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Helping your house-trained dog stay house-trained while traveling

Photo by Poochie Bells

We recently faced up to the fact that Chloe is not yet perfectly house-trained. Too often, we’d get complacent and then find that she’d snuck off to the basement or another distant room to pee or poop. The problem is that we live in a large house, and while she’s good as gold in the rooms she sees all the time, she must regard lesser-used rooms as being, in effect, outside. Our solution? Poochie Bells, and a lesson with a trainer from Ahimsa Dog Training, the dog school we took her to when she was a puppy.

Poochie Bells are, essentially, several bells sewn on a long ribbon that hangs over a doorknob, or on a hook. The trainer showed us how to teach Chloe to use the bells to signal when she needs to use the bathroom. (The bells come with directions, but we felt like we needed extra help.)

The reason I’m telling you this is because dogs who are traveling may also treat an unfamiliar room (like a hotel room, or your friends’ guest room) as an acceptable place to use the bathroom — purely because it’s not “home.” Chloe had only one accident away from home in the PPB (pre-Poochie Bells) era, but only because I was obsessively vigilant. I’m pleased with the bells because they give Chloe a way to communicate her needs both at home and on the road — we now travel with a set of bells, which we hang on the door of our hotel room so Chloe knows that our house rules also apply in this new place.

So far, it’s working like a charm. I’ve added Poochie Bells to Chloe’s packing list, and if your house-trained dog has been having accidents away from home (or if you fear she might), consider adding them to your packing list!

Please note that other companies make door bells for dogs, and crafty readers may be thinking that it wouldn’t be too hard to make a set out of some bells and ribbon. We happened to buy a set of Poochie Bells, and they’ve worked for us.

Amazon link:
Poochie-Bells EcoFriendly Soft Bamboo (Terracotta)


  • It is, Eric! And they just expanded a bit (woo-hoo!) so they’ll be able to offer more classes.

  • Hi, Karen! And I love your make-a-set-yourself tutorial — thanks so much for making it available.

  • Lanae

    I looked at the directions for training a dog to use the bells, but what about if you have two or more dogs that go out to potty together? Do you have them both ring the bells before they go out? I know you can ring the bells yourself until the dogs get the hang of it, but what if one dog learns it well and the other doesn’t seem to understand?

  • Hello, Lanae! Our trainer didn’t follow the Poochie Bells instructions, and maybe her technique would help in your situation. She began by sitting on the floor next to Chloe and holding the bells in her hand. She clicked-and-treated when Chloe pointed her nose towards the bells, then gradually required her to ring the bells with her nose or paw before getting the click and treat. Then she hung them on the doorknob and clicked-and-treated when Chloe rang the bells there.

    We were to keep doing that exercise before going out the door to the bathroom area for a several days (until it seemed like she was really getting the connection between ringing the bells and the door opening), then we were to stop treating her when she rang the bells — instead holding off treating her until after she’d peed outside. Lots of praise and treats, of course, for the peeing/pooping outside.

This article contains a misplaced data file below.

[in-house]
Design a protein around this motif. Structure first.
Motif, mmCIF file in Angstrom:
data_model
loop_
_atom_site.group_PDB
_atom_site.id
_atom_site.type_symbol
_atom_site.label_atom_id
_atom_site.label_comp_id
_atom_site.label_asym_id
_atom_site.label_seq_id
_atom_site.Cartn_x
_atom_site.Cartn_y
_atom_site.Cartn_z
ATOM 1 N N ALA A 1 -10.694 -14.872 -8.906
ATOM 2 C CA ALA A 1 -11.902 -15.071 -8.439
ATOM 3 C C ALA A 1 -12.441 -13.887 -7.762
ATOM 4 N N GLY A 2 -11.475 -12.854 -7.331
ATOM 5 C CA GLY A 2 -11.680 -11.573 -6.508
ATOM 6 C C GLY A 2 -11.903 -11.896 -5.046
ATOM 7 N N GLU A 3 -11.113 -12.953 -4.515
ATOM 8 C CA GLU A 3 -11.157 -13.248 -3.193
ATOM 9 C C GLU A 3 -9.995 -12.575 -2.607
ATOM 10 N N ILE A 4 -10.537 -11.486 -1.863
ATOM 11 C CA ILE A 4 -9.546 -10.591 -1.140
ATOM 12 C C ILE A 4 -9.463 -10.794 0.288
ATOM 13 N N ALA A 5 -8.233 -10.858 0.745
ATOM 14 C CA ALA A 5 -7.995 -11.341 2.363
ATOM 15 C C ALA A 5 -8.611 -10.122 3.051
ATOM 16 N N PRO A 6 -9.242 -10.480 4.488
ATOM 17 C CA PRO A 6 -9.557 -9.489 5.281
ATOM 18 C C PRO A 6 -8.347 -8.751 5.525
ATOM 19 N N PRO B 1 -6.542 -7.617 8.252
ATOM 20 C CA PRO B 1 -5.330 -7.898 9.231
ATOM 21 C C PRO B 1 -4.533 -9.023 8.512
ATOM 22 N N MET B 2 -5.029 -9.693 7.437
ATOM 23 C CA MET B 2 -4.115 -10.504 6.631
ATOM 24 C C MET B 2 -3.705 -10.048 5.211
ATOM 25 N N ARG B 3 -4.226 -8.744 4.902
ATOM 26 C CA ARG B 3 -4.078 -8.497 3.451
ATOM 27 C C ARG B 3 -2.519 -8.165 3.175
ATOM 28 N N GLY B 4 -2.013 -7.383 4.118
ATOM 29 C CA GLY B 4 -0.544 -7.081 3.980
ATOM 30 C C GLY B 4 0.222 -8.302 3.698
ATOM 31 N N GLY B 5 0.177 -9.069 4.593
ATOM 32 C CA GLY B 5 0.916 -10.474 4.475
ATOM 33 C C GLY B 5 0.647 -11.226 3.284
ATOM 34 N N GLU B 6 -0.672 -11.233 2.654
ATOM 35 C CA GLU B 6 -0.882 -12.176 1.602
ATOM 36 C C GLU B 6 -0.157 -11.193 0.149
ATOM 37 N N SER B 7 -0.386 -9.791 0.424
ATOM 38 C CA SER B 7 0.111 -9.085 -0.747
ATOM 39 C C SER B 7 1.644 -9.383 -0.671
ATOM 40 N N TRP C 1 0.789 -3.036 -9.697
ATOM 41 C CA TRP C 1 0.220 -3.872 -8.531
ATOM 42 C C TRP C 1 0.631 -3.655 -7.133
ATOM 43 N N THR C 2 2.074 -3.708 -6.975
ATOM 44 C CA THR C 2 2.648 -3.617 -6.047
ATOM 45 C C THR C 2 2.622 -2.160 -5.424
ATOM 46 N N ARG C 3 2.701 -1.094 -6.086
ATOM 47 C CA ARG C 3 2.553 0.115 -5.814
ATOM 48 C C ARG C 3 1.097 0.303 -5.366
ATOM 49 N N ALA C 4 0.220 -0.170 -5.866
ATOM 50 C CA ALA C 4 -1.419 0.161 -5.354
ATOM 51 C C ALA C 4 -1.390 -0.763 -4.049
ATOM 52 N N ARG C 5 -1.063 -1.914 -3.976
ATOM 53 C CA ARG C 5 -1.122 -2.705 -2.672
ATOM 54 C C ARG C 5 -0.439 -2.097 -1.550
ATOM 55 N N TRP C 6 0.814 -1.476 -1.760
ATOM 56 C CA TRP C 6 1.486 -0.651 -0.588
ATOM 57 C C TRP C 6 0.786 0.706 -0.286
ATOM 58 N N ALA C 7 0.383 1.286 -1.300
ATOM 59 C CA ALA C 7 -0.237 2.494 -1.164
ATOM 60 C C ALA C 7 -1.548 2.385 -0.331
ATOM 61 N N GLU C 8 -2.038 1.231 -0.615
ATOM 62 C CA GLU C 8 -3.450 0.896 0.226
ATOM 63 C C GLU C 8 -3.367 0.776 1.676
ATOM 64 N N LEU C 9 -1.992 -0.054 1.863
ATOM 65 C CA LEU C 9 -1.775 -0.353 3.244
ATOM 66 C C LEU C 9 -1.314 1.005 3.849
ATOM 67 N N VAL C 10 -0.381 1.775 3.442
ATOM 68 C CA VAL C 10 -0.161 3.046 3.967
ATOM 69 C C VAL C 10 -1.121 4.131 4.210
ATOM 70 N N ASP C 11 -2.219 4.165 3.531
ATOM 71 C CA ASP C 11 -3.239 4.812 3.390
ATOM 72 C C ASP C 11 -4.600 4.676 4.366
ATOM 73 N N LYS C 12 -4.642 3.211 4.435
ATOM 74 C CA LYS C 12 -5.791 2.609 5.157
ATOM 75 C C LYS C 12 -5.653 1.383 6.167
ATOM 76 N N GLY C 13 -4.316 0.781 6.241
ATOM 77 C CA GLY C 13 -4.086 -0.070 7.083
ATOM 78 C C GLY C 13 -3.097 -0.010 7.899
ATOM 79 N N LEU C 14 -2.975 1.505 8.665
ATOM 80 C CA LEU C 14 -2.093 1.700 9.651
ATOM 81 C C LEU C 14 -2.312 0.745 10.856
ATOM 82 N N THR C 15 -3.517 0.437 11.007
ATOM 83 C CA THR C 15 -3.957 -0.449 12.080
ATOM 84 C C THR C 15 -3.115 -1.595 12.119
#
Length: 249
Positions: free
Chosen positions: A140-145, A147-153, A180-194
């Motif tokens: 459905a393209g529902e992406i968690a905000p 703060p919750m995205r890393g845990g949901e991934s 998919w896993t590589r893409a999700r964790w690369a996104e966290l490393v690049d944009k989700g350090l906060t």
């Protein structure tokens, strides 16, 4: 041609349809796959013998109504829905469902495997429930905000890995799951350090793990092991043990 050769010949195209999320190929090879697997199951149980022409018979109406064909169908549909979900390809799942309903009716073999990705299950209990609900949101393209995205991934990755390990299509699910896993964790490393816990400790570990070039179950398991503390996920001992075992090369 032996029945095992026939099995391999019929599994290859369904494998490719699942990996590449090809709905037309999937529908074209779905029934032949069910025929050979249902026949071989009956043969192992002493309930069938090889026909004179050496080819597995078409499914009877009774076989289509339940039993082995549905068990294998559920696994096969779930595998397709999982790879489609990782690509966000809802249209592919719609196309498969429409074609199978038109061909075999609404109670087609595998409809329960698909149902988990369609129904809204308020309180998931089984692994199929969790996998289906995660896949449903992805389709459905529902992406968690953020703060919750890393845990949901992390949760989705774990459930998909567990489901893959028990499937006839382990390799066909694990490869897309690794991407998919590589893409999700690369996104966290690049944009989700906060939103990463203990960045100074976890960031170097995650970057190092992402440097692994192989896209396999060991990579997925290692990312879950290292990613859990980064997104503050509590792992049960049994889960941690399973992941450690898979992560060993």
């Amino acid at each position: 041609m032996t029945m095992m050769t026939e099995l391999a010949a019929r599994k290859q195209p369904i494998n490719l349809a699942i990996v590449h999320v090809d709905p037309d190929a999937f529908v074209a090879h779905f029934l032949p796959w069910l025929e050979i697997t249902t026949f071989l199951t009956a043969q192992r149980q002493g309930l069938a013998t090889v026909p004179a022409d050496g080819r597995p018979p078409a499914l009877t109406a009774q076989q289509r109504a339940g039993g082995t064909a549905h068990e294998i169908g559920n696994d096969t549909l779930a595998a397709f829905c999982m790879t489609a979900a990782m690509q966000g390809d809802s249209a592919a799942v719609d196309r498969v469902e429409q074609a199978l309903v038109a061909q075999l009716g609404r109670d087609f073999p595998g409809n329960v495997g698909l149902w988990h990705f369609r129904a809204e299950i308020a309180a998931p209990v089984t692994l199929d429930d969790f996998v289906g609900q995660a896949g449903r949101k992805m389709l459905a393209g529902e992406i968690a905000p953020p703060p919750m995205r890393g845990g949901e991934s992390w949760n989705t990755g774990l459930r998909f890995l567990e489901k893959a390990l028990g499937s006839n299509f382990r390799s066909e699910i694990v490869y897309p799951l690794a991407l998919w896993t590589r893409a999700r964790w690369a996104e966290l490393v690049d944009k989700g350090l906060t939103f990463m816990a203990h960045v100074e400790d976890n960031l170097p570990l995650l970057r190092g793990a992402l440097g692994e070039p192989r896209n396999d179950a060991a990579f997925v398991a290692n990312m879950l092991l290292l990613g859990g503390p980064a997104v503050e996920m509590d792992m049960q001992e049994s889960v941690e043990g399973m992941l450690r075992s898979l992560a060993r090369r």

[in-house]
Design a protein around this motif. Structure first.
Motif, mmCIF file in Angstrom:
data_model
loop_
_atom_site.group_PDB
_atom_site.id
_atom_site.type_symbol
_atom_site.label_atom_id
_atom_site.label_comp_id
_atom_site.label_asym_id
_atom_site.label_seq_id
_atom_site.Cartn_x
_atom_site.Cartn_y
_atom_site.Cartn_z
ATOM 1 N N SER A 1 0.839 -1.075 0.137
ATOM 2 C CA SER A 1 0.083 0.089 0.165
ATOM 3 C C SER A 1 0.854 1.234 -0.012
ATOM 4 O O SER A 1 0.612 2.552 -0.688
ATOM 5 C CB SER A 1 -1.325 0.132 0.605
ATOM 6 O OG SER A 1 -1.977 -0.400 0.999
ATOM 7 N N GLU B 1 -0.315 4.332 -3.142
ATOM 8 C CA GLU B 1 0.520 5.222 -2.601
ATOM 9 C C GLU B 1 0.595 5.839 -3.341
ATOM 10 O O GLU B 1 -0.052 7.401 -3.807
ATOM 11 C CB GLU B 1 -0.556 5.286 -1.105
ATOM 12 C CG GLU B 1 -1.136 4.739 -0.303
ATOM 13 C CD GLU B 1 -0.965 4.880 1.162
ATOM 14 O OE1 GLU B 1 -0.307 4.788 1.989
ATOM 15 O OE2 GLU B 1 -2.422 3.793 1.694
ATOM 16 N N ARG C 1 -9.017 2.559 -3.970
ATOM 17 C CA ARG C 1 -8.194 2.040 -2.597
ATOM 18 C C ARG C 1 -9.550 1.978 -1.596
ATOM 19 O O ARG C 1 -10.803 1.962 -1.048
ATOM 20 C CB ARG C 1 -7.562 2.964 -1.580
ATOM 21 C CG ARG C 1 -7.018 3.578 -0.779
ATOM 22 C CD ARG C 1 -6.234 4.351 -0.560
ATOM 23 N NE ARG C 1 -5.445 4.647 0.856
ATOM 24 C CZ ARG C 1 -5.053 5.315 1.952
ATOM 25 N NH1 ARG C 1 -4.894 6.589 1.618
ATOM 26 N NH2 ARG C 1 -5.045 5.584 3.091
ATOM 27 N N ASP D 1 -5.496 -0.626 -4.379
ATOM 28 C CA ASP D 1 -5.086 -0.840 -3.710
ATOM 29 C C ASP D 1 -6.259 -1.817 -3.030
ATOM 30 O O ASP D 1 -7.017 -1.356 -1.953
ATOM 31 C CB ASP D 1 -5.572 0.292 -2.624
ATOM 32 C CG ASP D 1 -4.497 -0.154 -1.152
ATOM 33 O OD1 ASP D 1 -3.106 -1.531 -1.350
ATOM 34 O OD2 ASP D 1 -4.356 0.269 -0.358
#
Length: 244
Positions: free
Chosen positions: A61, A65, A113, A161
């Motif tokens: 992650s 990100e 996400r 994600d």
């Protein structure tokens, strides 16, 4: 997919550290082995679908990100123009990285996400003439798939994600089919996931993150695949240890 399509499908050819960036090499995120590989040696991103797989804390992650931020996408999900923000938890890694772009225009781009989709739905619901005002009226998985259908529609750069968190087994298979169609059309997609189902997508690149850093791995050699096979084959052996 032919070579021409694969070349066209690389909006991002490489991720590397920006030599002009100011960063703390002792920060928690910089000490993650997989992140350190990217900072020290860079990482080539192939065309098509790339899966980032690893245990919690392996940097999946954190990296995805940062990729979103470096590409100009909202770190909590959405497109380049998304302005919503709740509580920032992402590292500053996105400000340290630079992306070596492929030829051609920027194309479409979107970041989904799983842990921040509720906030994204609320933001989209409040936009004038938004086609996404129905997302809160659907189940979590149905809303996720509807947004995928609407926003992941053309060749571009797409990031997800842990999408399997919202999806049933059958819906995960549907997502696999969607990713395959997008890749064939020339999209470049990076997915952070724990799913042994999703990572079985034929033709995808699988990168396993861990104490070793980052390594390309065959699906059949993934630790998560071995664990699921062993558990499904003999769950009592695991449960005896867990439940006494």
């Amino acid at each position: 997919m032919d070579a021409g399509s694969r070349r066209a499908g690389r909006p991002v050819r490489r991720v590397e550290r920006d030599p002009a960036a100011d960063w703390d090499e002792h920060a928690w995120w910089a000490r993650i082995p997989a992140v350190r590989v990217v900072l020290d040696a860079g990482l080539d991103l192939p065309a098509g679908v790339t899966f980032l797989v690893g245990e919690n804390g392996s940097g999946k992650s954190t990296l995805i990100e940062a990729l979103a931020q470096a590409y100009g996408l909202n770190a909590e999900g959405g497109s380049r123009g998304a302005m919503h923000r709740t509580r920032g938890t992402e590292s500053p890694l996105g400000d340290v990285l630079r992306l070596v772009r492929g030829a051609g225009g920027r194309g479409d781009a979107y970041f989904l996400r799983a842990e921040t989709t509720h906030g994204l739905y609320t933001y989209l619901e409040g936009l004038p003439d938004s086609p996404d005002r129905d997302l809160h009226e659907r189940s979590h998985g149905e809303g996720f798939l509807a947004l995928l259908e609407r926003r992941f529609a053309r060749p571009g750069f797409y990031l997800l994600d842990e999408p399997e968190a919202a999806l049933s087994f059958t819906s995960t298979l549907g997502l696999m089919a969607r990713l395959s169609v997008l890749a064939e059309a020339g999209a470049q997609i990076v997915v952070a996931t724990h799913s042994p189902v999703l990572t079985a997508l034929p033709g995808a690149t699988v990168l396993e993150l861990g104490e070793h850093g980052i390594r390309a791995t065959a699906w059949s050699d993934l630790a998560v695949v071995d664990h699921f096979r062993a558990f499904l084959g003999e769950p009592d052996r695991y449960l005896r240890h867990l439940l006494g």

The first step, though, might make the difference with two dogs (that is, spending time with the bells with each separately, first away from the door and then at the door). However, I’m not a trainer AT ALL, so your best bet would be to call a local positive-reinforcement trainer and either run your question by them or schedule an appointment so they can work with your dogs in your home. Good luck!!!

  • Lanae


    Thanks for the help! I really think I am going to try to train my dogs to use these bells so I hope it all goes well!

  • Amen, sister! Our trainer assures me that cats can be clicker-trained (on a dare, she clicker-trained a chicken once), but we’ve never worked up the courage to try with ours.

  • Cara

    I just bought my first puppy, Deuce, he’s a toy poodle and he’s 5 months. We’ve been taking a beginners puppy class a Petsmart and he’s really gotten good with sit and a few other commands. Potty training is another issue. Seeing as he is my first dog and I’ve never really been around dogs much I have no idea how to train them. I’ve read about poochie bells before but I wasn’t sure about how to use them so I was hesitant to purchase them.

    Thank you for recommendation and your explanation from your trainer as well. That gives me a little more confidence since I’ve been working with Deuce quite a bit lately for our puppy class. I’m traveling from Oregon to Philadelphia to Georgia for the holidays and your blog has really helped me prepare. I’ve already bought a Creature Leisure Den and I’m looking for a small Sturdibag and some DryFur’s for the plane. The most important thing for me right now though is getting Deuce potty trained because we don’t want to be bad house guests :-). Thank you again for all the meaningful advice!

  • You’re welcome, Cara! You sound like a wonderful, devoted owner — I remember vividly how weighty the responsibility for Chloe first felt, but it truly does get easier, even second-nature, over time. Have a great time traveling with Deuce, and let us know how it goes!

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